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The President of the Government of Spain inaugurates the event marking the 30th anniversary of the 'Madrid Protocol'

Pedro Sánchez stresses urgency in combating the impact of climate change and other human activities in Antarctica

Archaeological Museum, Madrid, Monday 4 October 2021

'Antarctica: present and future' aims to analyse the land and marine environmental challenges it faces and to mobilise the international community to reach an agreement to expand marine protected areas in Antarctica.

The President of the Government of Spain said: "One of the most serious threats facing the Antarctic is climate change, which poses a real danger to the long-term survival of Antarctic marine communities".

The 'Madrid Protocol', signed in 1991, established a comprehensive protection framework for the Antarctic environment and indefinitely prohibited all mineral resource activities, except for scientific research. The document stresses the importance of further developing multidisciplinary scientific cooperation initiatives and the protection of marine areas.

Sánchez pointed out that the 'Madrid Protocol' "demonstrates the value of international law as an effective tool for managing common goods", since, as he stressed, "Antarctic governance is based on mutual trust and responsibility, as there is no central authority that sets the rules".

Sánchez stressed that science "must inspire the education of our societies for a better future". In this regard, the President called for work to "ensure that Antarctica remains a free and cooperative space for the development of scientific projects, within a framework of mutual trust and international cooperation".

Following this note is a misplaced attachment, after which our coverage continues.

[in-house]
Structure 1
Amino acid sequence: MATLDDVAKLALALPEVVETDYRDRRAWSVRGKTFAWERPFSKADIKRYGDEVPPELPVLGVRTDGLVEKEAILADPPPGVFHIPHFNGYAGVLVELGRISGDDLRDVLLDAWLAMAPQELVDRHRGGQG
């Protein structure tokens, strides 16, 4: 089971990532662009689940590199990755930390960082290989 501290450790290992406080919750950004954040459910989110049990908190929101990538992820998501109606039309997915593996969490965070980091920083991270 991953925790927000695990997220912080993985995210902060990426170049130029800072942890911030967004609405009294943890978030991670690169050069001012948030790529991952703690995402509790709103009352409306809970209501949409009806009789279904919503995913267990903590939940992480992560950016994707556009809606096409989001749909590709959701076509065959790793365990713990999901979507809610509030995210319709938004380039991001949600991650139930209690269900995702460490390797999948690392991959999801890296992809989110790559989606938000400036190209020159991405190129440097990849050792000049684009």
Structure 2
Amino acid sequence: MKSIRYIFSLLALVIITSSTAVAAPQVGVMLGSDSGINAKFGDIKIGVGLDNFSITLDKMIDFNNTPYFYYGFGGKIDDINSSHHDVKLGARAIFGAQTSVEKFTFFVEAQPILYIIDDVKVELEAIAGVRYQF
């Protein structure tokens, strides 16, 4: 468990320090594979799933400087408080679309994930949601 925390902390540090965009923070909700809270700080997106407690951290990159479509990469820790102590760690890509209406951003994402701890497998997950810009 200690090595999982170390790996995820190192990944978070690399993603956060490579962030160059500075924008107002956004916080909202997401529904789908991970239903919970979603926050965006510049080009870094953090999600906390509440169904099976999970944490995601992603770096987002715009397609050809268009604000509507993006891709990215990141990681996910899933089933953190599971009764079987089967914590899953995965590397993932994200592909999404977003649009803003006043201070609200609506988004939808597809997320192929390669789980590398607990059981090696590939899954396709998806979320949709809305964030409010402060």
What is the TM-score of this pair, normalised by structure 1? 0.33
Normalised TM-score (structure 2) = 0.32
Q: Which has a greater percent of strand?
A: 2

Spain's involvement in Antarctica took the form of two scientific research bases: the Juan Carlos I, inaugurated in 1988 and coordinated by the CSIC, and the Gabriel de Castilla, which began operating a year later and is managed by the Spanish Armed Forces. Since then, Spanish researchers and technicians have been carrying out scientific projects on climate change, pollution, penguins and volcanology, uninterruptedly during the austral summer.

The President stressed the great biodiversity of the Southern Ocean and the importance of its protection because "it is a real reservoir of species". An example of the importance of a well-functioning marine ecosystem is the krill, a small shrimp whose survival depends on the ocean's temperature not rising, which is essential for the food of many species of whales, penguins and fish.

Spain, a country committed to protecting Antarctica

Foto: Pool Moncloa/Fernando CalvoThe classification of an area as a Marine Protected Area makes it a restricted area for fishing, which aims to preserve marine species, biodiversity, habitat, feeding and breeding grounds, among others. There are two in Antarctica: the South Orkney Islands and the Ross Sea. Spain and the rest of the EU Member States support the proposals to create three new Marine Protected Areas: the East Antarctic, the Weddell Sea and the Antarctic Peninsula.

During the event organised at the National Archaeological Museum, President Sánchez received a citizens' petition of support, backed by more than 1.5 million signatures, supporting the creation of these three new marine protected areas.

"We must continue to work together for an Antarctica for peace and for science, as this will provide benefits for all of us and a more sustainable and resilient future for our societies and for our planet," concluded the President of the Government of Spain.

Non official translation